With that few foreigners in the country and that strong of a national identity I am still not sure if Japan is an above average racist country or not. People are definitely more polite in general than let’s say in my home country Germany (sorry guys, but certain things really are better in Zipangu…), especially in everyday service situations like shopping, but I experienced some of the weirdest behavior here, probably because hardly any Japanese school kid has foreign co-pupils, while I went to school with people of Italian, Austrian, Indian, Pakistani, Turkish, Japanese, British, Polish and Bavarian descent – and because the average Japanese person doesn’t think that you can understand what they say.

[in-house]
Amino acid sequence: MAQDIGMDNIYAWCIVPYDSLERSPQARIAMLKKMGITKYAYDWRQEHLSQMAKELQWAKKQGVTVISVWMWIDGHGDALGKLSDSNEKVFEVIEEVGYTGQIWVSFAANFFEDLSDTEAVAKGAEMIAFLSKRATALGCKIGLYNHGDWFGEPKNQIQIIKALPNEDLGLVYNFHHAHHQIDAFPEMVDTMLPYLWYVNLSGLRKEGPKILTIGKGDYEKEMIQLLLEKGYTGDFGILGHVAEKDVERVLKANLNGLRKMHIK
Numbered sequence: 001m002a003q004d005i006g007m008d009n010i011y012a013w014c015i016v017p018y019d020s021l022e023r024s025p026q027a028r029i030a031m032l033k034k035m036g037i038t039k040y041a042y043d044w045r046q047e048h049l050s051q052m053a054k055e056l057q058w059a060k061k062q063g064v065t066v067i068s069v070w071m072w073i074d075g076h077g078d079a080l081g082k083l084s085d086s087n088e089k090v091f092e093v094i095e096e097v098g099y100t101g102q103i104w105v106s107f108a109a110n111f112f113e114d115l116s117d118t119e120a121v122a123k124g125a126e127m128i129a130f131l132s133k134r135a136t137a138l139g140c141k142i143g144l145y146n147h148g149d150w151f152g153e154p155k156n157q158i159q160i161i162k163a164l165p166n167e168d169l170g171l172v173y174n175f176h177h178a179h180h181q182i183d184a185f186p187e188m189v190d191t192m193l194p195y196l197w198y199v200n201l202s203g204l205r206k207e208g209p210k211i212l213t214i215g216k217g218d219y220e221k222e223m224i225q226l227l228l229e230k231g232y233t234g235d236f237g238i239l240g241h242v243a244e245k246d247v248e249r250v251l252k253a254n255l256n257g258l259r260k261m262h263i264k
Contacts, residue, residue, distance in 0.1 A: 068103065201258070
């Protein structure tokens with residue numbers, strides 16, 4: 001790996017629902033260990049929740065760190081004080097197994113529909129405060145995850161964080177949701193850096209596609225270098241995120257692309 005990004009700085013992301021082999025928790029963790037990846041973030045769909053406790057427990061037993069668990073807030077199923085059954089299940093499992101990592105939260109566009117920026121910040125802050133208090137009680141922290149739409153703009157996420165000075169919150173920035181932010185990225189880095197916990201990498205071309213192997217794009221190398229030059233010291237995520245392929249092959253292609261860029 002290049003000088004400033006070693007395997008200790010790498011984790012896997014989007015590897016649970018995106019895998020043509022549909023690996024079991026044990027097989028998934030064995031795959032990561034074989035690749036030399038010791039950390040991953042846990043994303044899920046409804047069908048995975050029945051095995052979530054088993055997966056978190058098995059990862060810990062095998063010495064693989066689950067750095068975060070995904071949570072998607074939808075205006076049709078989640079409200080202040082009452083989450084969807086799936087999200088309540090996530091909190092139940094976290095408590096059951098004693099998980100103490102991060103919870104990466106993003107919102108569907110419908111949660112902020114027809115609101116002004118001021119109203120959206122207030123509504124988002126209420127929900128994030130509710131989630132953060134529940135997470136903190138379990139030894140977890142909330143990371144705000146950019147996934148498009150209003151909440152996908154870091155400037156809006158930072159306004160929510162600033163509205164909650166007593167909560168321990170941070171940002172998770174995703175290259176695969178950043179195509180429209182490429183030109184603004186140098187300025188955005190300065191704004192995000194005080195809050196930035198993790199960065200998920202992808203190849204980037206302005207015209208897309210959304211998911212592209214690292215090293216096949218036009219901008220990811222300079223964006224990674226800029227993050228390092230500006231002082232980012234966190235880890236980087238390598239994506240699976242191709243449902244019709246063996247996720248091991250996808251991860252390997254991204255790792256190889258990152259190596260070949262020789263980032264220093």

Sometimes they most likely mean no evil (like that one time when I had a dinner date with a Japanese girl at an Indian restaurant and all of a sudden all the tables around us talked about their oversea vacations, their foreign alibi friends and how great it would be to be able to be fluent in English…), sometimes I’m not sure (remember me *not getting a hotel room after the clerk found out that I’m a foreigner*?) – and sometimes they actually do mean harm. For example that young Japanese couple and their two friends who have beaten a Nepali restaurant owner to death in January 2012; one of them were quoted afterwards “I thought the foreigner had shoved me, so I got angry and kicked him many times.” (Note the use of “foreigner”? I’m sure it was “gaijin” in the original… Not “the man”, or “the Nepali” – “the foreigner”…)